Many of you may remember that just a little over a year ago I was maid of honor in a wedding. A wedding that was elegant, beautiful, detailed – the bride thought of everything. From the lovely bouquets in which she specifically and thoroughly picked which blooms she wanted to include, to the hand-dyed silk ribbons that adorned the bouquets and boutonnieres and wound their way through the reception tables’ centerpieces, to the couture wedding dress that made her look like a Disney princess as she and her groom danced their first dance as husband and wife under the twinkling white lights that were strung from tree to tree.
It was, for lack of better expression, the wedding that every little girl dreams of having one day.
And until a few months ago, I sort of figured that’s how most weddings are. Everything you see on social media is generally the same [aside from the theme and color scheme, of course]. White dress + groom + bridal party + flowers + aisle + alter + wedding guests + reception. All of it is always there.
Well, almost always.
My best friend got engaged two winters’ ago, and, due to the fact that her fiance had never even wanted to get married [or so we all thought], they decided to keep their wedding very small. Family and close, close friends only.
But, even small weddings are costly and stressful. After a couple of months of trying to find a venue they liked under $10,000 [with no luck], they decided to forgo a “traditional” wedding altogether. After a couple of Google searches and a call to the city of San Marcos, it was determined that only two other bodies were needed for the couple to say their “I Do’s” – a witness and an officiant.
And so it came to be, after a drunken FaceTime from the two of them last fall in which my best friend and her fiance asked me to officiate their wedding, that I would be their ordained minister. I used the website my aunt and uncle got ordained through, went online, and [literally] two minutes later I was official. Sarah Jack, Ordained Minister of the Universal Life Church, Nondenominational. At your service!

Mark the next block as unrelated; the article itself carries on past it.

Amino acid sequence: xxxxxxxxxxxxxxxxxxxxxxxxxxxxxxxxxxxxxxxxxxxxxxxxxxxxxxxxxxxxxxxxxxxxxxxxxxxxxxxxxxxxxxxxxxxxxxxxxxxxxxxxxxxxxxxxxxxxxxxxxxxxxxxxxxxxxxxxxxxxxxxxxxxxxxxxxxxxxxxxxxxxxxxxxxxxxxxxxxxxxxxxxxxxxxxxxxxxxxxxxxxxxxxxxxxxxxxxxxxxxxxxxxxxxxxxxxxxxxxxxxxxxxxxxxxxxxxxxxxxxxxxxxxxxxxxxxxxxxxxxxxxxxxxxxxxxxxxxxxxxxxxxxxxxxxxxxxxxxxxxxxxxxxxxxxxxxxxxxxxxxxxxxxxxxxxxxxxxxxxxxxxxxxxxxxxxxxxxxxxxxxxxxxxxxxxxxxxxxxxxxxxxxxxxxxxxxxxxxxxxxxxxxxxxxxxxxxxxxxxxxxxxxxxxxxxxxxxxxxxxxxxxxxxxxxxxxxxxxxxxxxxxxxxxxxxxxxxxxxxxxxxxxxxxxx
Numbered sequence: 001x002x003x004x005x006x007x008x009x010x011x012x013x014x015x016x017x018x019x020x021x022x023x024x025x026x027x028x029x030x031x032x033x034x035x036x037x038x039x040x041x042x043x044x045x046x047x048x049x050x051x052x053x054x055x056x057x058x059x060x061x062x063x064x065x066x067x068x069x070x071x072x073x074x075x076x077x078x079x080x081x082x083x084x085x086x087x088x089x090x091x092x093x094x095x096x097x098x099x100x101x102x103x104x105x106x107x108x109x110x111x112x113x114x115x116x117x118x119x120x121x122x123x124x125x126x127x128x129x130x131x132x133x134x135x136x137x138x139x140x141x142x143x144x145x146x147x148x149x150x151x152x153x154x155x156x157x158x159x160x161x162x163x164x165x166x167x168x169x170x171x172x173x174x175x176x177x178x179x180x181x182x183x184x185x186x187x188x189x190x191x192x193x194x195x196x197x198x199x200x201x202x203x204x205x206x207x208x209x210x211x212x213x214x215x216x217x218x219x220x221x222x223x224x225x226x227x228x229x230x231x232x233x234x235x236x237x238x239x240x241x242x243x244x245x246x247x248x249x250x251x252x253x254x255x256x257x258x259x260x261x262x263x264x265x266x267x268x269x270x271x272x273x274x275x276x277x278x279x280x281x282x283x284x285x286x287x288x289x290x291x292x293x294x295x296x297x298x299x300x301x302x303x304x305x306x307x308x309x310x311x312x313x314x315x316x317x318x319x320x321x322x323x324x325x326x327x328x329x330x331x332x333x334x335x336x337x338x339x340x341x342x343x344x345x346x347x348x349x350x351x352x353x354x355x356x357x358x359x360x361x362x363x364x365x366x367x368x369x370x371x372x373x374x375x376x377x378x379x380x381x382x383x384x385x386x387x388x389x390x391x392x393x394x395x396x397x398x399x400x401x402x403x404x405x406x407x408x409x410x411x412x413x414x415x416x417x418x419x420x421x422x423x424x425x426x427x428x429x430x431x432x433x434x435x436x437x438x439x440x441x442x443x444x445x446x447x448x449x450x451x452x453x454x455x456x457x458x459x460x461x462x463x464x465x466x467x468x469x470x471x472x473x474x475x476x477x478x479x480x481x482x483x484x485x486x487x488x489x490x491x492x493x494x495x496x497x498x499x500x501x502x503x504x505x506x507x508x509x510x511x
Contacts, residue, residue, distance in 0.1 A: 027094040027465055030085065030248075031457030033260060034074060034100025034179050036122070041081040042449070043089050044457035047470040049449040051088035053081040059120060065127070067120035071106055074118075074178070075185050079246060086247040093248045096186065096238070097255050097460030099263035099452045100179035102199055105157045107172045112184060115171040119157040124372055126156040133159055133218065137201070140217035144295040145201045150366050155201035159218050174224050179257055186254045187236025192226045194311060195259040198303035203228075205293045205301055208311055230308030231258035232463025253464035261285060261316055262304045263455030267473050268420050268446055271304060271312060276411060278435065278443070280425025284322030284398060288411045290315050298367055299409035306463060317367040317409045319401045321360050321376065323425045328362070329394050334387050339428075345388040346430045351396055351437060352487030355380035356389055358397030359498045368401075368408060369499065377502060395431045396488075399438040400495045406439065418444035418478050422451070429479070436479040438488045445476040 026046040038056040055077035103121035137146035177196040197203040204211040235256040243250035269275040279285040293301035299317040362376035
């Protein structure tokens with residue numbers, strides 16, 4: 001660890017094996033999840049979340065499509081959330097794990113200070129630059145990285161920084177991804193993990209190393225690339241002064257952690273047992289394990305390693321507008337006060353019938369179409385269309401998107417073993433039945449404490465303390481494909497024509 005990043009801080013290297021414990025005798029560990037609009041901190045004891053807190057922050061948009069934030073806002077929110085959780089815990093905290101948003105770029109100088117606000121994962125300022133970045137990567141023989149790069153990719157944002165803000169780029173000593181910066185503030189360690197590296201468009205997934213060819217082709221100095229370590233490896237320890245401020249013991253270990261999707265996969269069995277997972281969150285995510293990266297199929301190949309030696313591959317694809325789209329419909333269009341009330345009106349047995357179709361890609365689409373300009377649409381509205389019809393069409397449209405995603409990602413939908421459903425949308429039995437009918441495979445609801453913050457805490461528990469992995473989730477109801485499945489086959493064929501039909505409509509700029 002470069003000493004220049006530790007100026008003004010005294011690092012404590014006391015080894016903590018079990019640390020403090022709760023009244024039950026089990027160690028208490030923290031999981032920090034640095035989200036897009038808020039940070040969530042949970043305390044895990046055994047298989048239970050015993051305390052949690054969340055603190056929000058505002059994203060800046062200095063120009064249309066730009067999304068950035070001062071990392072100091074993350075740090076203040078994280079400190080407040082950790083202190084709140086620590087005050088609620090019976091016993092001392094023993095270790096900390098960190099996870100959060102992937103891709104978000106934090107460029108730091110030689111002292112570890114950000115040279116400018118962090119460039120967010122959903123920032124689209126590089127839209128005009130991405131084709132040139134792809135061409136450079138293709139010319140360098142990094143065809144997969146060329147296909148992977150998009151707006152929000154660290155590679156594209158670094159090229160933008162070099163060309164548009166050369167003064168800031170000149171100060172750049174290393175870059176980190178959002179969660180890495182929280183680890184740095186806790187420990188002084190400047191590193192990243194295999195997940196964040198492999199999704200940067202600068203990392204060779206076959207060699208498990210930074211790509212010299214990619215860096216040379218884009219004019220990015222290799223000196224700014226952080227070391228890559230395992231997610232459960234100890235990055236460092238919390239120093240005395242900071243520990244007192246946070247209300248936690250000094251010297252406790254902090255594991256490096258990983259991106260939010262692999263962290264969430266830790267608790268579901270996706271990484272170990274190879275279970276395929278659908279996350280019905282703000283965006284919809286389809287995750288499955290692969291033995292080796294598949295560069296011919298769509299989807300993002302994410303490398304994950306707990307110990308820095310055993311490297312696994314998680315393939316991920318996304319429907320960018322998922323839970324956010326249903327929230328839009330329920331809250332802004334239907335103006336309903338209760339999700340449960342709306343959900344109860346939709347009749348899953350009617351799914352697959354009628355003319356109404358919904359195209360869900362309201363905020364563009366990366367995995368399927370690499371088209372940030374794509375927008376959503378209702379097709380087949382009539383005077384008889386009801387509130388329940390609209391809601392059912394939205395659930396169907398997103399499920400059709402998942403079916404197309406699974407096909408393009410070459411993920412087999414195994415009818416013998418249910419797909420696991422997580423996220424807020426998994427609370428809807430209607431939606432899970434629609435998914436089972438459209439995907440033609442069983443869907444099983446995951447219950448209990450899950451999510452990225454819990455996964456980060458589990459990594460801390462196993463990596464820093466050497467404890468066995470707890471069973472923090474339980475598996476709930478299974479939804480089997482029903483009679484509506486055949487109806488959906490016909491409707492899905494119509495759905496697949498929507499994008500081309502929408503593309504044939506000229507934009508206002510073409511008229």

After a weekend of bachelorette festivities in Temecula, California, and absolutely zero wedding planning whatsoever [save for the location and the accommodations], the three of us set off for Avila Beach, just north of Pismo and just west of San Luis Obispo. A place near and dear to all of our hearts. The groom’s best friend, the witness, was to meet us there.
Up until the week leading up to the wedding, I had no nerves or qualms about the upcoming nuptials. I figured once I knew what my friends’ vows would be, I could form my speech around that. That idea went right out the window the minute I heard that they hadn’t written any vows. “We’ll figure it out when the time comes,” my best friend said. Having nothing to relate to except for the carefully planned and detailed wedding that I had been a part of last spring, I had difficulty wrapping my mind around the casualty of it all. And that’s when my nerves started to set in. Now what would I say? Would I even be able to find words? At what point do I read them the traditional “I Do’s” and initiate the giving of the rings?
I needn’t have worried so much, if at all. The day of the wedding was like any other day of the year. My speech came together that morning, and then the four of us had breakfast on the beach and spent the rest of the day sightseeing. It wasn’t until six pm when it was time for us all to get ready that the soon-to-be bride and groom first parted ways. They were married just after sunset, on Avila Beach, with one witness and one ordained minister – the air was warm, the sky was beautiful, the water was calm – the evening was absolutely perfect. The entire day was perfect. Perfect for them.
The experience itself is one I will treasure forever and never forget. Having the opportunity to officiate a wedding was nerve wracking, but so amazing and unique – something I may never have the opportunity to do again and I’m so, so glad that I did. If anybody ever asks you to officiate their wedding – DO IT. Do it, do it, DO IT! You will not regret it. It is both exciting and humbling, and, for me, it really gave me a new perspective on love. And, while a bit intimidating, it gave me a chance to say something heartfelt and meaningful to two people who are promising their lives and their souls to one another. The last words they will hear before being bound in holy matrimony.
If it sounds so final and so binding – it’s because it is. But it isn’t scary. It’s exciting. It’s the adventure of a lifetime. And having the power to send them off on that crazy adventure is something I hope everyone will be able to experience at one time or another.